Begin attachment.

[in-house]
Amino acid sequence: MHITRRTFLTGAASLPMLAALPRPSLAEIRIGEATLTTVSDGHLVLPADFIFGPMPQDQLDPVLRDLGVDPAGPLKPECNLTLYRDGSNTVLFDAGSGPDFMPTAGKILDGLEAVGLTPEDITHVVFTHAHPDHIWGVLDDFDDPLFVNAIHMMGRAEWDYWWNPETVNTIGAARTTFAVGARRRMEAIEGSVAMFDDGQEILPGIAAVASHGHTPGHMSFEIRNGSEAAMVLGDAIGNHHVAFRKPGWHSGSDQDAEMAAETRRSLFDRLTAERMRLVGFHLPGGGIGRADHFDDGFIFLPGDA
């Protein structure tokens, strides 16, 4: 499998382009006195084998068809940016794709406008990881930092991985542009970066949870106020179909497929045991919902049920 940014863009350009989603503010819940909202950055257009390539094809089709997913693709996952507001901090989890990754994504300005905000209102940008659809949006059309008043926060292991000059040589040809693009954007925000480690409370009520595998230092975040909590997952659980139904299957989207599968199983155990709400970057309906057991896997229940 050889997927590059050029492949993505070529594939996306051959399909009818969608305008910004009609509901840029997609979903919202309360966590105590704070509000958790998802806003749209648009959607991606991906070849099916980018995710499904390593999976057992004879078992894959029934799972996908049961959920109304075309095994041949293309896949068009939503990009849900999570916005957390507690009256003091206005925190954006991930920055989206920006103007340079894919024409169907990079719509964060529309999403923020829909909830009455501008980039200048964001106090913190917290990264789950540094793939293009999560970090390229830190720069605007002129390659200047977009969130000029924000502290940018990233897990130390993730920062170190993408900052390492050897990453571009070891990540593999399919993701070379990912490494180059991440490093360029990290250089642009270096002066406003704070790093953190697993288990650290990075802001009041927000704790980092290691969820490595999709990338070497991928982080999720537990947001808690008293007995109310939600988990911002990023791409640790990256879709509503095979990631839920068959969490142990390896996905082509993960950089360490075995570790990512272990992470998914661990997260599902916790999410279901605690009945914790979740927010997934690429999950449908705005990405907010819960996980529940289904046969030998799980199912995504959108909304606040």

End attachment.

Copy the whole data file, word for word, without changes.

[in-house]
Amino acid sequence: MHITRRTFLTGAASLPMLAALPRPSLAEIRIGEATLTTVSDGHLVLPADFIFGPMPQDQLDPVLRDLGVDPAGPLKPECNLTLYRDGSNTVLFDAGSGPDFMPTAGKILDGLEAVGLTPEDITHVVFTHAHPDHIWGVLDDFDDPLFVNAIHMMGRAEWDYWWNPETVNTIGAARTTFAVGARRRMEAIEGSVAMFDDGQEILPGIAAVASHGHTPGHMSFEIRNGSEAAMVLGDAIGNHHVAFRKPGWHSGSDQDAEMAAETRRSLFDRLTAERMRLVGFHLPGGGIGRADHFDDGFIFLPGDA
């Protein structure tokens, strides 16, 4: 499998382009006195084998068809940016794709406008990881930092991985542009970066949870106020179909497929045991919902049920 940014863009350009989603503010819940909202950055257009390539094809089709997913693709996952507001901090989890990754994504300005905000209102940008659809949006059309008043926060292991000059040589040809693009954007925000480690409370009520595998230092975040909590997952659980139904299957989207599968199983155990709400970057309906057991896997229940 050889997927590059050029492949993505070529594939996306051959399909009818969608305008910004009609509901840029997609979903919202309360966590105590704070509000958790998802806003749209648009959607991606991906070849099916980018995710499904390593999976057992004879078992894959029934799972996908049961959920109304075309095994041949293309896949068009939503990009849900999570916005957390507690009256003091206005925190954006991930920055989206920006103007340079894919024409169907990079719509964060529309999403923020829909909830009455501008980039200048964001106090913190917290990264789950540094793939293009999560970090390229830190720069605007002129390659200047977009969130000029924000502290940018990233897990130390993730920062170190993408900052390492050897990453571009070891990540593999399919993701070379990912490494180059991440490093360029990290250089642009270096002066406003704070790093953190697993288990650290990075802001009041927000704790980092290691969820490595999709990338070497991928982080999720537990947001808690008293007995109310939600988990911002990023791409640790990256879709509503095979990631839920068959969490142990390896996905082509993960950089360490075995570790990512272990992470998914661990997260599902916790999410279901605690009945914790979740927010997934690429999950449908705005990405907010819960996980529940289904046969030998799980199912995504959108909304606040």